If you follow my website regularly (many thanks if you do) you will know that I cover and highlight any issue that I find relevant to veganism in general and my life as a vegan, in particular. There are articles about food, health, my advocacy, other voices in the vegan world, cruelty free products, my family (human and nonhuman), families of other species and so on – a potpourri of topics related to the ongoing, unacceptable and cruel use of nonhuman animals for our wants, not needs.
I must say that it has been, and continues to be, a heart strong learning experience. Changing my eating habits to reflect my new found ethics was the easy part. Relating to people in the world out there and getting my message out is not always so easy. I know it is important to at least let people know, when the opportunity arises, that there is kinder and more compassionate way, even if they don’t agree, even if they don’t listen and even if they think I am a little weird.
My daughter says that, as a species, we love to fit in and are at heart, conformists. So, I guess that presenting a completely opposite view to a socially accepted wrong might feel a little scary. But, it is not like I haven’t stood up before in my life when I witnessed great injustice being perpetrated on good beings by those who were not so good. And this is no different.
Now, that I have a little more information, statistics and real life events to back me up, I do feel more confident and braver. But I still think about it before I say something and before I act. Here is a little personal story to help frame my feelings.
I work at my computer a lot these days, looking up info, checking my social media accounts, editing pictures and writing for my website. I have been doing it in a poorly lit, small bedroom that no longer needs to be a bedroom. So, after much hemming and hawing, I decided to go forward with my long held wish to convert this bedroom into an office for me – just for me. There will be two desks, shelving, proper light, a spot for my sewing machine, a cupboard filled with shelves and cubbies, along with new paint and trim.
We hire people to do this. We used to do a lot of this renovating ourselves when it came to painting and to wallpapering and occasionally laying tile. These days, we prefer to leave it to the experts. So, we will have people coming into our home who do not know that this is a vegan household, that we eat exclusively plant foods and that we are in the process of getting rid of all the bits of remaining personal and household items that contain products made from the cruelty meted out to nonhuman animals. I am aware that the contractors’ tool belts and boots are made of leather and that some of the construction materials may contain by products made from non human animals. A lot of the glue most certainly does. So, where does this vegan draw the line?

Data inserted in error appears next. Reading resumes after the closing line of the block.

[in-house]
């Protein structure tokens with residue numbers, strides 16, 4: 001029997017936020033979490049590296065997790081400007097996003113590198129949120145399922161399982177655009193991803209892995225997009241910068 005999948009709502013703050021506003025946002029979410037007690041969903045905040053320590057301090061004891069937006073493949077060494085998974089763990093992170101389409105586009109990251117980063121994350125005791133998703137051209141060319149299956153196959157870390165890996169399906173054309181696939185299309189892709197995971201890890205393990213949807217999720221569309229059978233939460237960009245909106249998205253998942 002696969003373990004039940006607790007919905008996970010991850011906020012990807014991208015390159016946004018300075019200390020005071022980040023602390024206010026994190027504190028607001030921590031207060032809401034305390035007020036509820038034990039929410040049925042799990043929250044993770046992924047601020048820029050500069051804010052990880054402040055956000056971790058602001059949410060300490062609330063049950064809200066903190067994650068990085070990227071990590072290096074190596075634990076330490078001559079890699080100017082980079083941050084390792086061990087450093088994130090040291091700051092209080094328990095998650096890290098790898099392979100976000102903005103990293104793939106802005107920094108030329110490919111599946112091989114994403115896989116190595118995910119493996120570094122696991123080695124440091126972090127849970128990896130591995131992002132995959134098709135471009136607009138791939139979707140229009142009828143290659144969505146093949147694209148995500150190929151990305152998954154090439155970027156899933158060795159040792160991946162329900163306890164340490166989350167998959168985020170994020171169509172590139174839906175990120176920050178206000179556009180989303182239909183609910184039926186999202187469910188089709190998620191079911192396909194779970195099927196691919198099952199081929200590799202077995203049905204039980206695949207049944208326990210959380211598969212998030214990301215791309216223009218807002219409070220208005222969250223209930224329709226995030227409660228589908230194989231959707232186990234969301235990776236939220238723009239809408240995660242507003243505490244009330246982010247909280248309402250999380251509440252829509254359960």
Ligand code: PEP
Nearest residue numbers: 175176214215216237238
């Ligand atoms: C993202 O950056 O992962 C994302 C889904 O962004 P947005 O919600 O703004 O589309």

I don’t restrict friends from coming into my house when they are wearing leather or wool, but I do ask them not to bring any food or wine that is not plant based. I try to pick my battles in this regard. I remind myself of the the words of Colleen Patrick-Goudreau, who says that being vegan is about doing the best we can, not about being perfect. So, my dilemma was whether or not to ask the renovators to bring only plant based food into our home. What would this accomplish in the long run? Maybe nothing, but it felt like a very important issue to me ethically, so I decided to pursue it.
I sent an e-mail to the owner of the business. I think that I would have felt comfortable speaking to him in person, but I forgot to do so when he was at the house and time was running short. This is our e-mail conversation;
Me: On a personal note, our household is vegan, which means that we do not have any food made from nonhuman animals. Could you please ask everyone not to bring into the house any food containing meat, dairy , fish and eggs. This includes milk in coffee and tea. I would be happy to provide almond milk if they would like. They just have to ask
S: I will relay your concerns regarding not eating inside.
Me: …. not bringing nonhuman animal products into the house is an ethical issue and therefore necessary.
I did confirm this info in person when the job started and G. and A. have been very respectful about eating outside, albeit on our property. I am okay with this compromise. I feel like I planted a seed-the seed that this is an ethical issue, not a diet or health issue, as many people mistakenly assume. Have any of these men asked me about my veganism? – No! But they may, and if they do, I will be happy to have share the facts. At the very least, I stated my position and opened the door for reflection.
Annie’s Vegan View
I am thankful for the vegans out there who are working tirelessly to bring about freedom for the enslaved beings of this earth.
I am thankful to my daughter who had the courage to tell me the truth in a respectful yet, firm way.
I am oh so thankful that I listened.
May all beings be happy and free.